What Is Porcelain Enamel?

By Adrian Archer
These pieces both have a porcelain enamel finish that makes them resistant to chips, scratches and burns.

Porcelain enamel, also called, vitreous enamel, is a scratch-resistant coating made by fusing powdered glass to metal and other underlying materials by way of fire. The glass cools to form a smooth and durable coating for a variety of modern uses.

History

Porcelain enameling was first discovered in pottery and jewelry of ancient Egypt. Ancient Romans also used the technique in glass and metal works. Greeks, Chinese and Russians of antiquity also used porcelain enamel on metal.

Benefits

Porcelain enamels provide great wear and abrasive resistance at any thickness, as well as great flexibility for more pliable sub-surfaces. They may be used to lubricate rubber pipes without impairing their flexibility.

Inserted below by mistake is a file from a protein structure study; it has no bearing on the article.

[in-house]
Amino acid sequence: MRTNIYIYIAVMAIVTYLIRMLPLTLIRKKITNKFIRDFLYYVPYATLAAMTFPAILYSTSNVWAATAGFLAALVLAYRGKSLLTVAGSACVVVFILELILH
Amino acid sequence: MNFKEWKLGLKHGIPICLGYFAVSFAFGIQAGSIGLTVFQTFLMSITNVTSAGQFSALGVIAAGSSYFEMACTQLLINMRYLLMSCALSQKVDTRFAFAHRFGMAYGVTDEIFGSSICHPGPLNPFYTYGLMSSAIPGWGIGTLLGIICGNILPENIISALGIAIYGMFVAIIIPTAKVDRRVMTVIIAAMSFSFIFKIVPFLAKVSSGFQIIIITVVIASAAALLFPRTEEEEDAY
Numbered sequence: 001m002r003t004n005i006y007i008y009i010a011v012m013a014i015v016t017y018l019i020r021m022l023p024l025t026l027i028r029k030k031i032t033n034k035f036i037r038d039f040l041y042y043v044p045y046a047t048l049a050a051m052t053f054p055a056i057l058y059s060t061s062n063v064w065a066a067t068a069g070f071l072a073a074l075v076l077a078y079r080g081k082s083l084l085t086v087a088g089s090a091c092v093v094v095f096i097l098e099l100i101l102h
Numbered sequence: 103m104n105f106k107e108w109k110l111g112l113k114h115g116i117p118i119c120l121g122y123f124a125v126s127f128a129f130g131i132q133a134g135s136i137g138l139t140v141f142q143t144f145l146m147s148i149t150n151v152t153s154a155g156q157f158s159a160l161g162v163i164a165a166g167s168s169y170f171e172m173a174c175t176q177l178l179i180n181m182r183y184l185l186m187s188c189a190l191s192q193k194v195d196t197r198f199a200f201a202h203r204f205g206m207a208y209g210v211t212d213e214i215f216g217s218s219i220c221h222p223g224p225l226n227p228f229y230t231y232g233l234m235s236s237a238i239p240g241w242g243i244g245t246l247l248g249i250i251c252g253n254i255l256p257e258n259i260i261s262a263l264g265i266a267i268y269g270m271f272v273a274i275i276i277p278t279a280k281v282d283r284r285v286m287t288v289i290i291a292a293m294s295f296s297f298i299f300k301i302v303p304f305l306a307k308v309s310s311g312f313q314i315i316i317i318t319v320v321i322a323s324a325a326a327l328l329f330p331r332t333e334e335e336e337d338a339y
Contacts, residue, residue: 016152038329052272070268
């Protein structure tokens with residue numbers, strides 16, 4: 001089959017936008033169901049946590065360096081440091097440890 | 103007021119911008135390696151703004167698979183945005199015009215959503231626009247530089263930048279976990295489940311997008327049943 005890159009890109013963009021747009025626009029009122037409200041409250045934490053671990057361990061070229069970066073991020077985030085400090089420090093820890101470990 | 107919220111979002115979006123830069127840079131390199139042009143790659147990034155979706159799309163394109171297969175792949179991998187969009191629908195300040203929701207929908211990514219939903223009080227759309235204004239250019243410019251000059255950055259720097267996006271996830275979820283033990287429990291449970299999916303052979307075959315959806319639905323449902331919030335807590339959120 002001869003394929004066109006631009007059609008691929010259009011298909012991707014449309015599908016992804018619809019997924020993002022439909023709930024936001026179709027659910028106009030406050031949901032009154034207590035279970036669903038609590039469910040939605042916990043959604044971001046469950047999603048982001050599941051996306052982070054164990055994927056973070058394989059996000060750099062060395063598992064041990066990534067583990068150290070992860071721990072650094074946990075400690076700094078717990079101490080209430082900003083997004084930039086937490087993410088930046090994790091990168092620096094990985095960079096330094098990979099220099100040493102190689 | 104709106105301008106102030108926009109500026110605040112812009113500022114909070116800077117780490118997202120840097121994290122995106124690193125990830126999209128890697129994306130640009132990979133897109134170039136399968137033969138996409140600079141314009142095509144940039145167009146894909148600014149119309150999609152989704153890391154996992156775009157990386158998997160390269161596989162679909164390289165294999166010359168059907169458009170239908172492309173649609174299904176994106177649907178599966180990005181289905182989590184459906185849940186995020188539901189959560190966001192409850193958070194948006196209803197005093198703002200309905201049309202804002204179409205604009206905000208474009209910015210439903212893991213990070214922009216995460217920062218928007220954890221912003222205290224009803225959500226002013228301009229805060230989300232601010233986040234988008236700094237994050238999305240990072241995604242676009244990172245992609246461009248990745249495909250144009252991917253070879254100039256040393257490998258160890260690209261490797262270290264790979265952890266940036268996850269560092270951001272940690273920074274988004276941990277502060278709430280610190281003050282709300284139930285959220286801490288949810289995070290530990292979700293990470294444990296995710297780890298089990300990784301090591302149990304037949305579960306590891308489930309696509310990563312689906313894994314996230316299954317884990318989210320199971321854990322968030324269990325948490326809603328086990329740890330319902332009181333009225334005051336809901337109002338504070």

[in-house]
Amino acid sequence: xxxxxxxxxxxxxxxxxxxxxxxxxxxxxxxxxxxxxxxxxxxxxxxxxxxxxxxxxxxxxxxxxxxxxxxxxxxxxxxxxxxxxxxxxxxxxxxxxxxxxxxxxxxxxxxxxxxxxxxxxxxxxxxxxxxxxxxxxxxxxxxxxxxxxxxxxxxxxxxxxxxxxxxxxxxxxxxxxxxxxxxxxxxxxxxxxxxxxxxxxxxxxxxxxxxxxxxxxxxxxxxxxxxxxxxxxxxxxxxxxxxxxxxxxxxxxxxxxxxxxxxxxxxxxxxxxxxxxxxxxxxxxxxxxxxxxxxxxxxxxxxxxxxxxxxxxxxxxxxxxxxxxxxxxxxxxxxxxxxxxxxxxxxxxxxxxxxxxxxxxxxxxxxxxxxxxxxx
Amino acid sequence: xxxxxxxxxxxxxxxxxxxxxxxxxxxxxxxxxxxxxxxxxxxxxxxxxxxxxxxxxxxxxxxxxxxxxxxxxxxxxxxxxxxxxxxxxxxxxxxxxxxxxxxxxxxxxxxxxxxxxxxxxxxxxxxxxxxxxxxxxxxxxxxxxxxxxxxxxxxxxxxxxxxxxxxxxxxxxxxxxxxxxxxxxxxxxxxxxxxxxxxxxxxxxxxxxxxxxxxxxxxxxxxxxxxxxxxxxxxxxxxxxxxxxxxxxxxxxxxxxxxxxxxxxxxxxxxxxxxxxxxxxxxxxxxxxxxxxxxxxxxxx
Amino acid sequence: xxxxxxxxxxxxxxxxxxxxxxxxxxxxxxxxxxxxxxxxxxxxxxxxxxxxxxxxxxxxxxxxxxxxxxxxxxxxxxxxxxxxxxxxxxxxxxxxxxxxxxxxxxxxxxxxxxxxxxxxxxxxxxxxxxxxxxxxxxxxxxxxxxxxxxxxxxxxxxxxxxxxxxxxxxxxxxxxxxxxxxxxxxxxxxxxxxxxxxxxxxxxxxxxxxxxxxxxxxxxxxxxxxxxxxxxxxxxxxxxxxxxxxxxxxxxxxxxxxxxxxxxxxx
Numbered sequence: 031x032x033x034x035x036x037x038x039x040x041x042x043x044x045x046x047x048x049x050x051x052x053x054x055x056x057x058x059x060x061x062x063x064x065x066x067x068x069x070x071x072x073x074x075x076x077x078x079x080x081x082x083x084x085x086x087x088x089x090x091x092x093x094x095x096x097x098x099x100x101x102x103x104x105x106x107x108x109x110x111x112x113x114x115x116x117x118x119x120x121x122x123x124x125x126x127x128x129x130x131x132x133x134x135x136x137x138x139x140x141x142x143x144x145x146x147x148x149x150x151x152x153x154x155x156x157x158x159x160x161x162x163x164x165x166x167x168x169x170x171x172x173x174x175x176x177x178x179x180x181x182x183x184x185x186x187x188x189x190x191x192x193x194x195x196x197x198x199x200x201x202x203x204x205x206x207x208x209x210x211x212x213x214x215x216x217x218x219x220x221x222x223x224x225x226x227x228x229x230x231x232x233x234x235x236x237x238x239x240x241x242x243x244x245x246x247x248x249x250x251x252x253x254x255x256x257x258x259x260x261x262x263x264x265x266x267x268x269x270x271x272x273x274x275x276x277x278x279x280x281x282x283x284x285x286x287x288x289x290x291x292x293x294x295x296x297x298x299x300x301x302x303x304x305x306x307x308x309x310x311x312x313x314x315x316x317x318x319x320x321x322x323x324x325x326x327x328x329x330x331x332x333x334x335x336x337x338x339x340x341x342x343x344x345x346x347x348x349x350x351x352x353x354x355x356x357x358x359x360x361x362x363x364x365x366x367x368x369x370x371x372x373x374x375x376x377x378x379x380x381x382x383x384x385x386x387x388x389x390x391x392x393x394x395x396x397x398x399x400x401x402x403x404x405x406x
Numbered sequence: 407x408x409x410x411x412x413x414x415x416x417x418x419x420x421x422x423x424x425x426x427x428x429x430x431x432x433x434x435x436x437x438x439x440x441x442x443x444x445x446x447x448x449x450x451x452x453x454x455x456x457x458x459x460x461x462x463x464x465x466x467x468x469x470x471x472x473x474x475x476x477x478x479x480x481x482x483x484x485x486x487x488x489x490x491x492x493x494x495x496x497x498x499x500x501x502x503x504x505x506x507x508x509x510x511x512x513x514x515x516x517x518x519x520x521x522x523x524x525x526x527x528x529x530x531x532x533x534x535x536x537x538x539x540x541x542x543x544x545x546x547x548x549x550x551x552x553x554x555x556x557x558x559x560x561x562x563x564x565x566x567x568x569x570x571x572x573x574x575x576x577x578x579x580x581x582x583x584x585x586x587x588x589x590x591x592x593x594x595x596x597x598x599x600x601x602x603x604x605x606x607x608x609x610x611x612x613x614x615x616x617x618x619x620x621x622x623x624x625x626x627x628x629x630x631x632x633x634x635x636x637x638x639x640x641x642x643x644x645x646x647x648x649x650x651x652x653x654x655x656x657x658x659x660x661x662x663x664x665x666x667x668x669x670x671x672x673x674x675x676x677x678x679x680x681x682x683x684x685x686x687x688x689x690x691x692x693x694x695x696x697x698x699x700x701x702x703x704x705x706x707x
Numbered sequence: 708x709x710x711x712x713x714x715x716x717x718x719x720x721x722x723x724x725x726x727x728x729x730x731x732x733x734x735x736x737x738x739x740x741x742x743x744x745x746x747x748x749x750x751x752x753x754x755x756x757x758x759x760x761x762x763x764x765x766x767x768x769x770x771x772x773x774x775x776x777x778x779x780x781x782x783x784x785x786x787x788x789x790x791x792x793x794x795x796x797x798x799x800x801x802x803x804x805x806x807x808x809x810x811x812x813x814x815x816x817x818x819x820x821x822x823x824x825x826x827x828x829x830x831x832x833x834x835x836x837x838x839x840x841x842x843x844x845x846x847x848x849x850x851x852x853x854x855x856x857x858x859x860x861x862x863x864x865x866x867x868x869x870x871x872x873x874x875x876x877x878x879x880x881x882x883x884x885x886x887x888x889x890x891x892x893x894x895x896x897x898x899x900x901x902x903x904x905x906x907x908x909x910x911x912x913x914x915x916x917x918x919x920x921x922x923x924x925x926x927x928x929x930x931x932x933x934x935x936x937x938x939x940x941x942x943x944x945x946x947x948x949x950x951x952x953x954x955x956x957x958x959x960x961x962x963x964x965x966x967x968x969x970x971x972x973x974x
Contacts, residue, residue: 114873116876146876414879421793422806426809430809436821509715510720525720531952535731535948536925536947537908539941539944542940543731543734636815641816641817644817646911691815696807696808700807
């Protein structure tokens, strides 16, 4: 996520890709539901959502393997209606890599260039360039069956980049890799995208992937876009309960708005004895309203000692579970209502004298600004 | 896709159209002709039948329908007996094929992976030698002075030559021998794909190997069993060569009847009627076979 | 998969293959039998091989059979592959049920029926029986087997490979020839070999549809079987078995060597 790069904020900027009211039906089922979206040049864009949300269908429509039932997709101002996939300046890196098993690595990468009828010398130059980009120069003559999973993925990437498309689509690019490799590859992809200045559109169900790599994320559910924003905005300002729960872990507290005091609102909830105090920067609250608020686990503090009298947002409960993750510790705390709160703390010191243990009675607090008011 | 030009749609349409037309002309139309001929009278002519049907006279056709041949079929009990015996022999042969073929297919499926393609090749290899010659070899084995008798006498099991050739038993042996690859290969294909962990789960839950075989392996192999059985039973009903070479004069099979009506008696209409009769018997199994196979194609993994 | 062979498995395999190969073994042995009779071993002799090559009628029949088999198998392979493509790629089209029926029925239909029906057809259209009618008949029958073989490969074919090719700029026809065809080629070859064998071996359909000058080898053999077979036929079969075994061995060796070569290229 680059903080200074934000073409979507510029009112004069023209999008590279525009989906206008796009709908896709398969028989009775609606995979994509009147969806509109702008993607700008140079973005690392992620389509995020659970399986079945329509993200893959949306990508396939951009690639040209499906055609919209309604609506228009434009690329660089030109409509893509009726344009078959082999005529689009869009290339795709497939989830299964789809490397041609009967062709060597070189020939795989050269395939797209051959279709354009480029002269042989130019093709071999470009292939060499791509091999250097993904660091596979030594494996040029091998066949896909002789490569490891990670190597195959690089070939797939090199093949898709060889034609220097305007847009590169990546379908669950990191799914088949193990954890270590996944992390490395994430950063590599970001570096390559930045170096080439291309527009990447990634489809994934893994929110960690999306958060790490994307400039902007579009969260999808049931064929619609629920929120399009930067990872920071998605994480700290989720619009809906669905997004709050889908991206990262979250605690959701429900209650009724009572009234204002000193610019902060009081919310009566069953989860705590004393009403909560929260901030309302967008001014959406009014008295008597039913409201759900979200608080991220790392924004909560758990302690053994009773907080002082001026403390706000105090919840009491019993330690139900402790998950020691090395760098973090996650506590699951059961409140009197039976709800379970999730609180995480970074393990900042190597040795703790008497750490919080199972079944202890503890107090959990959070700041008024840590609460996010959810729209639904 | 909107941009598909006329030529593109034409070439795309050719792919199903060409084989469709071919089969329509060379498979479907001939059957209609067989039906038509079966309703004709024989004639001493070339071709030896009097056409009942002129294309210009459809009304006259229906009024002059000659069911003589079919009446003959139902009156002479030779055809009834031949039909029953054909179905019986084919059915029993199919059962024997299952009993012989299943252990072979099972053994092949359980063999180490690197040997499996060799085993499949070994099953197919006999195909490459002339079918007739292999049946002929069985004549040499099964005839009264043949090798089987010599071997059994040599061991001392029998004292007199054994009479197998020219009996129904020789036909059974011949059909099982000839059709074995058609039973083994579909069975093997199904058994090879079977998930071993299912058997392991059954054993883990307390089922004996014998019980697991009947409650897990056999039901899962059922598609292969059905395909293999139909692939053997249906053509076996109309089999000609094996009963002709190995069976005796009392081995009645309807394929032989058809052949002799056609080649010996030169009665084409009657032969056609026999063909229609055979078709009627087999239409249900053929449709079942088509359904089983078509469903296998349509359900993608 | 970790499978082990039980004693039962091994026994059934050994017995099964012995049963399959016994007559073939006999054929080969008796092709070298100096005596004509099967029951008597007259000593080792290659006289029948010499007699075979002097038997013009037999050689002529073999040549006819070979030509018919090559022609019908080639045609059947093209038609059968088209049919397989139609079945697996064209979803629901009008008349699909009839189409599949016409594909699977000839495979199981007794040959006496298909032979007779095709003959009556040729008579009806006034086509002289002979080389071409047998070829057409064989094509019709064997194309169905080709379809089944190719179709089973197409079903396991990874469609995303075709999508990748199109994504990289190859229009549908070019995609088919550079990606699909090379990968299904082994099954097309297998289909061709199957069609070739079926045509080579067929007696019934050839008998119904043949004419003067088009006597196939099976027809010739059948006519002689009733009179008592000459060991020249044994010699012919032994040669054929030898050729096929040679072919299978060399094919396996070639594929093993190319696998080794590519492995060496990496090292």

Modern Uses

Modern uses for porcelain enamels include nonstick cooking ware, kitchen appliances, classroom writing boards and billboard signs. Graffiti artists, to their dismay, will find porcelain enamel in train stations: The slick finish does not hold many kinds of paint and inks.

About the Author

Based in New York City, Adrian Archer has been writing professionally since 2009. While he strives for his big break as a screenwriter, he makes his mark with health and electronics-related articles. Archer holds a Bachelor of Arts in communication studies from the University of North Carolina.